What is a codeshare agreement and why is it important when claiming EU261/2004 compensation?
A codeshare agreement, is an aviation business arrangement where two or more airlines share the same flight. Sharing, means that each airline publishes and markets the flight under its own airline designator and flight number as part of its published timetable or schedule. A seat can be purchased under each airline’s designator and flight number, but is operated by only one of these cooperating airlines.
So, if airline A has a code-share agreement with airline B, your ticket from Airline “A” but the flight is provided by Airline “ B”.
Why do Airlines want to share flights?
This allows Airlines to earn commission on flights operated by other Airlines and appear to have a much wider reach. The Operating Airline can market its flights through other Airlines increasing the possibility of selling more tickets.
Any perks for the passenger? Not really. The biggest problem with codesharing is that passengers don’t know about it. To the average air traveler, codesharing seems counterintuitive, if not dishonest. When they receive their itinerary, they don’t notice the “operated by” language, often rendered in fine print, that discloses their Airline A flight to say Frankfurt is actually operated by Airline B under a codeshare agreement. Sometimes they’re dropped off at the wrong terminal, but more often, they arrive at the airport expecting one flying experience but receiving another.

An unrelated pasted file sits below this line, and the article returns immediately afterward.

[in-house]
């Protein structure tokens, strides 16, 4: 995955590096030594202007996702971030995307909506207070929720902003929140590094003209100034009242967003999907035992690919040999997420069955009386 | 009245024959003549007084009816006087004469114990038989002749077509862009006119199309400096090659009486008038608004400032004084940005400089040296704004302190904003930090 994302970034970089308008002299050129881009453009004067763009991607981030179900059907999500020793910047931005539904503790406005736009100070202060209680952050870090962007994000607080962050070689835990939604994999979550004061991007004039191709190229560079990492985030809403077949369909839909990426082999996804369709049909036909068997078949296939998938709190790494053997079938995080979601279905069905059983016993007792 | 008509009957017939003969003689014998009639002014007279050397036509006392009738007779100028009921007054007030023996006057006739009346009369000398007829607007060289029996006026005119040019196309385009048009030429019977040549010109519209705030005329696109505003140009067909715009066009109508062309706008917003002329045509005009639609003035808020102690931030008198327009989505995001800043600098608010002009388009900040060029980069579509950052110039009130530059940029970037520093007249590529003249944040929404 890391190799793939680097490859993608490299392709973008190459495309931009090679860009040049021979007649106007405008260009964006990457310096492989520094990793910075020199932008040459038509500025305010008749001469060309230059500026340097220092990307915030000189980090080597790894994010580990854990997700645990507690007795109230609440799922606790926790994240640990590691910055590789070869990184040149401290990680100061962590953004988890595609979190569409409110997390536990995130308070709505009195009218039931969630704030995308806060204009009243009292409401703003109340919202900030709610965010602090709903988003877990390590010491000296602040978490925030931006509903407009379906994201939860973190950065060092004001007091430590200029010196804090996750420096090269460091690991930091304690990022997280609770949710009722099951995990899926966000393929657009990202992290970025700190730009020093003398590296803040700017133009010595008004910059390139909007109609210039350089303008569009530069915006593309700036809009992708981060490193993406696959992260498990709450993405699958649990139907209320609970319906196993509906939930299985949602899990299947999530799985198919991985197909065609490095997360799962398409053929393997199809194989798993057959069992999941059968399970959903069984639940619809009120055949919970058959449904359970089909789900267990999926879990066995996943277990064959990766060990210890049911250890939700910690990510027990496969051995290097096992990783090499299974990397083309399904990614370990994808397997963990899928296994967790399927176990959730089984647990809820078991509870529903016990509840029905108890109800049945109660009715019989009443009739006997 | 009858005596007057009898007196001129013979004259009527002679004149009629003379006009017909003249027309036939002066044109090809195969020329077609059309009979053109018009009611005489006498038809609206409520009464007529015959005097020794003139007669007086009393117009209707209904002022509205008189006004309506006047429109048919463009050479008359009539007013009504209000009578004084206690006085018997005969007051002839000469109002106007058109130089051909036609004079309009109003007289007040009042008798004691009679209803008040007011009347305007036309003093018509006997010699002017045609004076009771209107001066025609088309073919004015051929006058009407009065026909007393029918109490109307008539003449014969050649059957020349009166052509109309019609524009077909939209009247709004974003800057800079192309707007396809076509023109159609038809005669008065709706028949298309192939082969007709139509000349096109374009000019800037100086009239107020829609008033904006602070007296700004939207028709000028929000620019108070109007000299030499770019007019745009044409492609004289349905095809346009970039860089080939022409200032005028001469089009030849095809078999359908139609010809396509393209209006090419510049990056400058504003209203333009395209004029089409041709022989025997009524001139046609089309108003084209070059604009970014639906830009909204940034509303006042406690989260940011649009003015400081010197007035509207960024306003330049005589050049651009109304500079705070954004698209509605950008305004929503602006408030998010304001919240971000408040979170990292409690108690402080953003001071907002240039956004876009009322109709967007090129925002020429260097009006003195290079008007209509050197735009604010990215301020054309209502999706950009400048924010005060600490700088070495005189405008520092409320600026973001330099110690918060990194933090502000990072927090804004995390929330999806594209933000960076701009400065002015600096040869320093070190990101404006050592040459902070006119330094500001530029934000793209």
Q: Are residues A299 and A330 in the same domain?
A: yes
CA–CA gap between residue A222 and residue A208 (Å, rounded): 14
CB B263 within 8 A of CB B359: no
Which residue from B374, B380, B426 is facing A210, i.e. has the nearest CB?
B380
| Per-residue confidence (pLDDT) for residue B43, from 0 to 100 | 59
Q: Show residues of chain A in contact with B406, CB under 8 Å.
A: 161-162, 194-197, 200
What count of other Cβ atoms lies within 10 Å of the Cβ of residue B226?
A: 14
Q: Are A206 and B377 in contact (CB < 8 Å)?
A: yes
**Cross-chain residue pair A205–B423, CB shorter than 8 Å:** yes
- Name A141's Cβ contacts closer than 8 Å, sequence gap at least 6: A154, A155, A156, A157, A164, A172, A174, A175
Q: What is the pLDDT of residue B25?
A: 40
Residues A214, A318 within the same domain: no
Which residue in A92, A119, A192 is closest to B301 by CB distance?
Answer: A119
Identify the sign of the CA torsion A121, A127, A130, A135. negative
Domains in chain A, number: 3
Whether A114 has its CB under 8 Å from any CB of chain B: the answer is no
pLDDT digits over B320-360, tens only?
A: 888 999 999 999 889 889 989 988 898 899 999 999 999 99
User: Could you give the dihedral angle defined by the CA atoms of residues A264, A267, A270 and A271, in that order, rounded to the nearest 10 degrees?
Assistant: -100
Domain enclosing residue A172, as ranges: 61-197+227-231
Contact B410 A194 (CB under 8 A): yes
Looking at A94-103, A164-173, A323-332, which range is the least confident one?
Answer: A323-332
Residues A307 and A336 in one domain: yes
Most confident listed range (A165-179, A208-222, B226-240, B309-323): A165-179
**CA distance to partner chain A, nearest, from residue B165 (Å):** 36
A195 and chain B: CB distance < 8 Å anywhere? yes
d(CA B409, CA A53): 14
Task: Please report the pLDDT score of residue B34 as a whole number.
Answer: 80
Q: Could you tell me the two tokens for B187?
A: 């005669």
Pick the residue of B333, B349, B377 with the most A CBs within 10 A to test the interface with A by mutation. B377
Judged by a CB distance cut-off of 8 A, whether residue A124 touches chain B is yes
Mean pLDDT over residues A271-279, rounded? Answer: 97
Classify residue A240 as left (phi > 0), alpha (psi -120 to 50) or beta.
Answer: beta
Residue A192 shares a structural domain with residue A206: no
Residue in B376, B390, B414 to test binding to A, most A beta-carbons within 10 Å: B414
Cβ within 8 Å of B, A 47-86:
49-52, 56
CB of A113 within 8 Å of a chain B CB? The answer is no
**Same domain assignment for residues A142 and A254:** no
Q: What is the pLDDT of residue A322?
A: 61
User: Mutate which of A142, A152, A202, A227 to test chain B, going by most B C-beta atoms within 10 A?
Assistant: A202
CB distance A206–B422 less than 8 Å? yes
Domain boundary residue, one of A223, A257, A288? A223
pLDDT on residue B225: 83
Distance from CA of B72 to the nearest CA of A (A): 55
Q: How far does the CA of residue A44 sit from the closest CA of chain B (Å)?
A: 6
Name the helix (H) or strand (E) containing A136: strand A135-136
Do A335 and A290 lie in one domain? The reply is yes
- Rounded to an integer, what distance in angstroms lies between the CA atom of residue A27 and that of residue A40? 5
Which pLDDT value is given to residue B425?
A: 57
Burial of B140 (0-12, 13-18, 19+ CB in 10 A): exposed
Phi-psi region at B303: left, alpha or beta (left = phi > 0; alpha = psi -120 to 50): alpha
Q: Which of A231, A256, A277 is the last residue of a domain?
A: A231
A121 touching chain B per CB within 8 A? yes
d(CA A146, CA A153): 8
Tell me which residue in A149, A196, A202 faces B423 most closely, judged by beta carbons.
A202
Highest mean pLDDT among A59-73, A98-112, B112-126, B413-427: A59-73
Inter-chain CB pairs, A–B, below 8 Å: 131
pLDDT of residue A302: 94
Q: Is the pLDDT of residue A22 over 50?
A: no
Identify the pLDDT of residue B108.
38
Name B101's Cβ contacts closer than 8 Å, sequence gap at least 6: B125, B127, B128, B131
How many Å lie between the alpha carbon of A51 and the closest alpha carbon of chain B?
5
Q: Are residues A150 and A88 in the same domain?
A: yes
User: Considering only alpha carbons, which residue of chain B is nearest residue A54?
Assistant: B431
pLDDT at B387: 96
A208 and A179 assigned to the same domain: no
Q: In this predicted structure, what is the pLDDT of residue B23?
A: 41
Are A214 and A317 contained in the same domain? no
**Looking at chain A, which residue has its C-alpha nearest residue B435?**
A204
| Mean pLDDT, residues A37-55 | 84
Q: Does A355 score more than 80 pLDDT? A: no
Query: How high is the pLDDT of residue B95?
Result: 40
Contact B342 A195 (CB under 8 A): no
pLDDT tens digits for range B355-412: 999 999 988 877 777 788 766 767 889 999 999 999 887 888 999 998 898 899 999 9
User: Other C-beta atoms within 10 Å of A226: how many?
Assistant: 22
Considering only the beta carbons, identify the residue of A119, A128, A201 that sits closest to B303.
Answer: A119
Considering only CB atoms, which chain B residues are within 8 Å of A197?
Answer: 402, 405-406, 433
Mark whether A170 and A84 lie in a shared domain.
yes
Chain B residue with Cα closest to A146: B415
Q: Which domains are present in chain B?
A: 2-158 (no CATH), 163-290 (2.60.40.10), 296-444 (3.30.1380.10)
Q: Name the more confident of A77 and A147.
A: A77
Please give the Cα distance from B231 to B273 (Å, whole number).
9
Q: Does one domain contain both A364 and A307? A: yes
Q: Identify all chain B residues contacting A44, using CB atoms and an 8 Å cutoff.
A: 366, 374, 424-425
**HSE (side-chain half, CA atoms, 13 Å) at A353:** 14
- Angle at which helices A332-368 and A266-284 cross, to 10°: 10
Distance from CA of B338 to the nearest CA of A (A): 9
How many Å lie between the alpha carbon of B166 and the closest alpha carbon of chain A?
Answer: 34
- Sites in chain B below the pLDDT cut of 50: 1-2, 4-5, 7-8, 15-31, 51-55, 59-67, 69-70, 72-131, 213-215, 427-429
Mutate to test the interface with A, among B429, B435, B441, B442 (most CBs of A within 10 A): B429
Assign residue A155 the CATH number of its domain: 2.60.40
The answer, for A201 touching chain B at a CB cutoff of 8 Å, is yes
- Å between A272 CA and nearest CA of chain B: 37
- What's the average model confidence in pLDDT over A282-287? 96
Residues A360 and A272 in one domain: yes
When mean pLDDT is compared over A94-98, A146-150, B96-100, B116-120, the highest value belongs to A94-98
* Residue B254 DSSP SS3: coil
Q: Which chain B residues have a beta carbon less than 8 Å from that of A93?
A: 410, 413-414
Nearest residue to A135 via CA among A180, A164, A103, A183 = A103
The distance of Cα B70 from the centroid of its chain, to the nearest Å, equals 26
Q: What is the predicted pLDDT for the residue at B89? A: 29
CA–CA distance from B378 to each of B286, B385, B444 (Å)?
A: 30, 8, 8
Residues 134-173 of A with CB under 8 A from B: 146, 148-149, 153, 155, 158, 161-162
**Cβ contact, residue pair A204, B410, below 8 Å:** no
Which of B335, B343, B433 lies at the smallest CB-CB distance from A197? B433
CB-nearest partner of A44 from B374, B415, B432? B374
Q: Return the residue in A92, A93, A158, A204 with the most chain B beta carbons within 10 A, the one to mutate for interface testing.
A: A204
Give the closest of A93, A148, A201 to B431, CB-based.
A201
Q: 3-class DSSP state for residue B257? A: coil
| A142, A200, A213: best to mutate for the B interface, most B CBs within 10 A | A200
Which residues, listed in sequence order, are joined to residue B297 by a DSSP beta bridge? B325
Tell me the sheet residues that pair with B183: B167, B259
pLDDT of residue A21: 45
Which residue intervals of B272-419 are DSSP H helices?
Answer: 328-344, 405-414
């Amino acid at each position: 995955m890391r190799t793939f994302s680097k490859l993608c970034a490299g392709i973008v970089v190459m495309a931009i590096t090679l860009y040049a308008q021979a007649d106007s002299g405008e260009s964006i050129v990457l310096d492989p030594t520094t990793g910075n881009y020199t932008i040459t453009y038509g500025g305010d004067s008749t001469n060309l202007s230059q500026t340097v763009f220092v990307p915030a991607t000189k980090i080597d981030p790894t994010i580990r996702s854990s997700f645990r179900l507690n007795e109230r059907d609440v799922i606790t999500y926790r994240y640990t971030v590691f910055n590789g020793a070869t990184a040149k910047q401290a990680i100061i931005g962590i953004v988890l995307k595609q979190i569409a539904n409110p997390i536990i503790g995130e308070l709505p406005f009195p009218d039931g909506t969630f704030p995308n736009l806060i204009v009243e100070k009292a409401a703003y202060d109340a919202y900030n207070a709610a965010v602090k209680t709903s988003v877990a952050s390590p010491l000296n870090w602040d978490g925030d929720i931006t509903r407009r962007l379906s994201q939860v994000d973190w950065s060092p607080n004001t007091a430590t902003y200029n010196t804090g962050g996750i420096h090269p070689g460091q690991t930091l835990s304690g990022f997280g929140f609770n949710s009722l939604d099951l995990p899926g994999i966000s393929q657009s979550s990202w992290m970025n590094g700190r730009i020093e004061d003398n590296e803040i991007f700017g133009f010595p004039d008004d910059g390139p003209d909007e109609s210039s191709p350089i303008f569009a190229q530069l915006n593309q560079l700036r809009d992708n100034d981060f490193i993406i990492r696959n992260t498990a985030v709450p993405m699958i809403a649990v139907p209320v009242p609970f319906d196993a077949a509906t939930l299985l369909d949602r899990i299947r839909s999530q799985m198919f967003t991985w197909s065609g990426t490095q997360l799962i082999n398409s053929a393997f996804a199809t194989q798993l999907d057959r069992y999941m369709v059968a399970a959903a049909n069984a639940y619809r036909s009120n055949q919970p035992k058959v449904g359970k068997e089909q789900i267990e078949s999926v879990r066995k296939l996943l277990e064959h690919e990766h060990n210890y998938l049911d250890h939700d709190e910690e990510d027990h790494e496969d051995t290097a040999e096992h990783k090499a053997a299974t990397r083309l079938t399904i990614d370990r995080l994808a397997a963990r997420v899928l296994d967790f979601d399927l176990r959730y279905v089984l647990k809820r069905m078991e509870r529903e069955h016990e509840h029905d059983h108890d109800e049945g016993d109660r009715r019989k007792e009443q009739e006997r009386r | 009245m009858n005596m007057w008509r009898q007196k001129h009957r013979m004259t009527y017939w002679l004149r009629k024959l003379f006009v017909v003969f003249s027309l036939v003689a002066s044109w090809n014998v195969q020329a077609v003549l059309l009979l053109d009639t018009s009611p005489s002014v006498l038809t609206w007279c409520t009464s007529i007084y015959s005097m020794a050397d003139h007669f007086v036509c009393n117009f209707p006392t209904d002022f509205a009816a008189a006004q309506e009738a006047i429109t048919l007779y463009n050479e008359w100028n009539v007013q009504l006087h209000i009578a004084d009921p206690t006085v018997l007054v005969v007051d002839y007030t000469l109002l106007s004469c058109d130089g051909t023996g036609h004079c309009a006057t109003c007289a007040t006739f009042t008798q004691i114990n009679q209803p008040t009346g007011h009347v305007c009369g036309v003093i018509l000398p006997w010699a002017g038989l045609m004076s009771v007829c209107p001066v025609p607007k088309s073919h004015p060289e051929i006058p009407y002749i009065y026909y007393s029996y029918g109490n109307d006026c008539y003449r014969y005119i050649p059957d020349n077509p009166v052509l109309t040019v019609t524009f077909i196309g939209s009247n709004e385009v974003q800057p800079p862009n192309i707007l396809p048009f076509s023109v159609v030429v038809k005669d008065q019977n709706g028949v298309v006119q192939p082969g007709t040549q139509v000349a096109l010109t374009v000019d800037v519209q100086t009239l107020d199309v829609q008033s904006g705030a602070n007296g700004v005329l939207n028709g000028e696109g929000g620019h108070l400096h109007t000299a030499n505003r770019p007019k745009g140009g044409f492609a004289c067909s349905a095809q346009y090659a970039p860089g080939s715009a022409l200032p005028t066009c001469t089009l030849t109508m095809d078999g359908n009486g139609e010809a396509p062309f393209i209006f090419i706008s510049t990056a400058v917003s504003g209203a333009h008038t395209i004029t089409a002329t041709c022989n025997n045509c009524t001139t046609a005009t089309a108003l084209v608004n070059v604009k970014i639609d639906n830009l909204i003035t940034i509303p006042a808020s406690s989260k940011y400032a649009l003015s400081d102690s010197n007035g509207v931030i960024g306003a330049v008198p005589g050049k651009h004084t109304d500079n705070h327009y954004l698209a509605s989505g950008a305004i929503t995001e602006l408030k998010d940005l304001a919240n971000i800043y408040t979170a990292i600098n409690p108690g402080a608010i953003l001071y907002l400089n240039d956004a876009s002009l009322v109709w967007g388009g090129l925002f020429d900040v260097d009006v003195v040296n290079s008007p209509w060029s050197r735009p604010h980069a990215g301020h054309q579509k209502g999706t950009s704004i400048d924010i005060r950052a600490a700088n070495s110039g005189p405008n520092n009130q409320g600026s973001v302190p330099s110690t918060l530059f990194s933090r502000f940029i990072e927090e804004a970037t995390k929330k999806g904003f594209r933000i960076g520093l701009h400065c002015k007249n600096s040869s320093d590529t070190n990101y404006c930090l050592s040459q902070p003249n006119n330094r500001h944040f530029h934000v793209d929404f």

Source – ‘Why airline codesharing must die’ – USA Today
The Operating Airline.
It is key to know who is the Operating Airline sometimes known the Administering Airline. An Operating Airline provides the aircraft, has the airport slot operational permissions and ground handling staff. The Airline selling the ticket but not operating the flight is known as the Marketing Airline. Most major Airlines have code-sharing agreements and this an important part of Airline alliances.
When a flight is sold under several designators (flight numbers) the flight number published by the Operating carrier is known as the Prime Flight Number.
An example of a major Code-sharing agreements is the Star Alliance with approximately 27 members including Lufthansa, SAS and Swiss Air.
Claiming Compensation? Check your flight a code share.
Code-sharing agreements are important when claiming under EU Regulation 261/2004 as it is a precondition to claiming when flying into an EU country from out side an EU country that:
- The flight is delayed by more than three hours
- The operating carrier is registered in the EU.
If for example, you have purchased a ticket to fly into the EU from the USA do you need to have purchased the ticket from an EU carrier? – the answer is No but the Operating carrier must be an EU registered carrier.
So be careful to note your ticket and check who operated the flight because if you are flying into the EU from outside you can only claim compensation if the flight was operated by a registered EU carrier.
It’s the small code-share print “operated by…” that can mean a refund of up to 600 Euros, so it’s worth paying attention to this detail.
At Flight Delay Pay we recommend when filing your claim that a copy of the booking confirmation or boarding card is also supplied so that we can check who is the Operating carrier and make the claim against the correct Airline.
Remember it is the metal that you fly in that is important when making EU261/2004 claim.